Democratic state representative, Andrea Doll, from Juneau (Alaska's capital), tried to get Palin interested in her bill early on. "I told her about the bill," she says. "But she was totally not interested in any way, shape or form. It was that look on her face - that 'don't even go there' look."
Pollutants affect all of us. But in Alaska they are taking their toll. The birth defect rate in the state is twice the US national average; and on North Slope, the area that produces most of Alaska's oil, it's nearly four times the national average.
Unsurprisingly, Sarah Palin is not popular with environmental groups. Greenpeace put it starkly: "Palin has the most anti-environment records of any governor in the US. She has supported oil and drilling in some of the most ecologically sensitive areas in Alaska, even when it meant sacrificing polar bears..."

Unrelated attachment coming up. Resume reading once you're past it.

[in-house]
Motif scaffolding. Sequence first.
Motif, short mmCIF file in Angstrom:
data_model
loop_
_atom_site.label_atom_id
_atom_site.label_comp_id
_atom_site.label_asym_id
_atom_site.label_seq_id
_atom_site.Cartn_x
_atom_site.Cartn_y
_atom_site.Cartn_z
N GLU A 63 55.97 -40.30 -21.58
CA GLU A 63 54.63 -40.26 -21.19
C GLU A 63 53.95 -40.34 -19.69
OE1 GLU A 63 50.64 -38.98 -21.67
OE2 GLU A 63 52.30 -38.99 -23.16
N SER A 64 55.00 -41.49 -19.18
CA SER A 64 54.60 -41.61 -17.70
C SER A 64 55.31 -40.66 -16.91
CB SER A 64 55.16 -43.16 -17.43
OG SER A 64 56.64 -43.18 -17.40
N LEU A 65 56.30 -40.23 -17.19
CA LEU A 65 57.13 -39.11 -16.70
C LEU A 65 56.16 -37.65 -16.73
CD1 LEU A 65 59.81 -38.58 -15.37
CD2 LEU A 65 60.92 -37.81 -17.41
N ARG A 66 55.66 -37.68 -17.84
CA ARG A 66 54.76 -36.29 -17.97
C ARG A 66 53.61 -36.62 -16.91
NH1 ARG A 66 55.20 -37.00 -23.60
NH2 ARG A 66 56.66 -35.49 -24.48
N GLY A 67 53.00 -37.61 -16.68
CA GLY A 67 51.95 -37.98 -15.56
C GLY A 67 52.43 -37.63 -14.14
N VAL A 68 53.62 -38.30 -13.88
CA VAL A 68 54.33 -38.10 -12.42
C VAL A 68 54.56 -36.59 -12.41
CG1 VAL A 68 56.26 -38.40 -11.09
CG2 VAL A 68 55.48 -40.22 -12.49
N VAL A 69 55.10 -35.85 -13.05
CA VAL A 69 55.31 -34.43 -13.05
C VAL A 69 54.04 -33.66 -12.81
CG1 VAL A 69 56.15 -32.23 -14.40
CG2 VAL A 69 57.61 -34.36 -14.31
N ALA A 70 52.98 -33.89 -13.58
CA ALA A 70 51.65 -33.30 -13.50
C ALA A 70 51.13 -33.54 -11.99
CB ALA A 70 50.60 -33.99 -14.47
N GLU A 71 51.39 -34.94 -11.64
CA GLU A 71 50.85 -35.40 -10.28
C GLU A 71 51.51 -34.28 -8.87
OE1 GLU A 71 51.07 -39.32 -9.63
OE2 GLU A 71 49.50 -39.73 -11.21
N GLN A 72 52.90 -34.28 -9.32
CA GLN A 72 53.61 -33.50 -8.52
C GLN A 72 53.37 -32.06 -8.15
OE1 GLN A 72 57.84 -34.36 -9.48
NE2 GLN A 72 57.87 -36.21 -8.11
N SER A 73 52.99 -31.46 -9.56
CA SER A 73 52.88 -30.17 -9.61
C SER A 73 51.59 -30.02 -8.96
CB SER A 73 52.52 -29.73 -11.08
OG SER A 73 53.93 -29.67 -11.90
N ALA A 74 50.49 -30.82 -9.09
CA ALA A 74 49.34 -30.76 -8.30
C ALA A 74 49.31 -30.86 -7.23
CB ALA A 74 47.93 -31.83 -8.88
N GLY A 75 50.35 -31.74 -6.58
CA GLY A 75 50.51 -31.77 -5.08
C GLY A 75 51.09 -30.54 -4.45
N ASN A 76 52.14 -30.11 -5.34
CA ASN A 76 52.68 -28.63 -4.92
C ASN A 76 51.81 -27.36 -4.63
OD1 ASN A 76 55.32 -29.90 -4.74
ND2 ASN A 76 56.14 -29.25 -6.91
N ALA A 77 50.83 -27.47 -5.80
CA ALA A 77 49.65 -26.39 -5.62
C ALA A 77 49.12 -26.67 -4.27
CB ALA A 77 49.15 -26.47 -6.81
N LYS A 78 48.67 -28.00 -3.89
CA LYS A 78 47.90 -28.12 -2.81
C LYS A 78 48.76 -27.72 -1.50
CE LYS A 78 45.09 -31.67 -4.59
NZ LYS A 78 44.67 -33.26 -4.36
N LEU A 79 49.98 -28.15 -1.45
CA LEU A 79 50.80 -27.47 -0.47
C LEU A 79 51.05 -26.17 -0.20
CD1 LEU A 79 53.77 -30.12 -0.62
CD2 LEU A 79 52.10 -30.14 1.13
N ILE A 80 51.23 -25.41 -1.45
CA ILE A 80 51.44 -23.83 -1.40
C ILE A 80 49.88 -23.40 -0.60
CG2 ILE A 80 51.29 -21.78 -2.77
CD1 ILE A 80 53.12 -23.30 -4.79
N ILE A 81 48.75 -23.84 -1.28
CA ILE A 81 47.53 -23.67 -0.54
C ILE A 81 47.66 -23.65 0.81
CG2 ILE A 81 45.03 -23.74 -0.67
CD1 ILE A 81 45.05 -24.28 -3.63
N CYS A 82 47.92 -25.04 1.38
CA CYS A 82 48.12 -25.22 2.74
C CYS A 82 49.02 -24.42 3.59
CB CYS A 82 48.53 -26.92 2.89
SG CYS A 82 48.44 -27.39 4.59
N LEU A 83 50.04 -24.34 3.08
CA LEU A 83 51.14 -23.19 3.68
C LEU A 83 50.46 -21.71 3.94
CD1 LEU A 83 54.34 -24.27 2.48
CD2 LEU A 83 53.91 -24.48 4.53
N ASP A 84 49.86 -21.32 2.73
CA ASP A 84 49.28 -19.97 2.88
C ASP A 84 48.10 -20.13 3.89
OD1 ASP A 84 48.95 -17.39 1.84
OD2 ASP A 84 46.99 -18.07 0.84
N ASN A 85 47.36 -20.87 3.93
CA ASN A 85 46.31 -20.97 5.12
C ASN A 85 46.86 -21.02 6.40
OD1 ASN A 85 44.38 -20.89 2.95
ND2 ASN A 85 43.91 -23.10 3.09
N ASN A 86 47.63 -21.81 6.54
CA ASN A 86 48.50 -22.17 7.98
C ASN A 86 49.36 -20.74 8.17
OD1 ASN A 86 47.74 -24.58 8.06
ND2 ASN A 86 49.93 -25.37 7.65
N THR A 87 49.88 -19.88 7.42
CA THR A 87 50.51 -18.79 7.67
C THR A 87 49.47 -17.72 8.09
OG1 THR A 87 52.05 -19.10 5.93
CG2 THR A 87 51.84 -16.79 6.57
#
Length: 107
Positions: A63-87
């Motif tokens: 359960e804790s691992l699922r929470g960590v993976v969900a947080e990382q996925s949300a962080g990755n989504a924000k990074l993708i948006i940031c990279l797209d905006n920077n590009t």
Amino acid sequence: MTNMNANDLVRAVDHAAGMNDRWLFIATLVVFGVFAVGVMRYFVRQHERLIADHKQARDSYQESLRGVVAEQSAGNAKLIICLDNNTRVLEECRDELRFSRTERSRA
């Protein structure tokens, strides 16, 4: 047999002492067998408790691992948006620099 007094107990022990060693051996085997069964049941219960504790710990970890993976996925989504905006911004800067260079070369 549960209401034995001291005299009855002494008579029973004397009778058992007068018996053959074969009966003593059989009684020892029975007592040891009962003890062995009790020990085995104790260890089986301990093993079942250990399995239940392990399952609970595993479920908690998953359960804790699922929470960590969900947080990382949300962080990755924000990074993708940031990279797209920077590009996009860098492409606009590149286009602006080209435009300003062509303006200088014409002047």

Biologists from the US Geological Survey have warned that if current climate trends continue, every polar bear in Alaska will be gone by 2050. But Gov Palin has no truck with this.
When the Bush administration announced its decision, in May this year, to list the polar bear as threatened under the Endangered Species Act, Palin filed a lawsuit to reverse the decision, insisting it was a "wrong move" to protect polar bears.
Writing in an open-ed piece for the New York Times, she said that these "magnificent, cuddly white bears are doing just fine and don't need our protection. If the ice melts, they'll adapt to living on the land."
Given that polar bears have shown little ability to feed on land, scientists were generally unimpressed by her argument.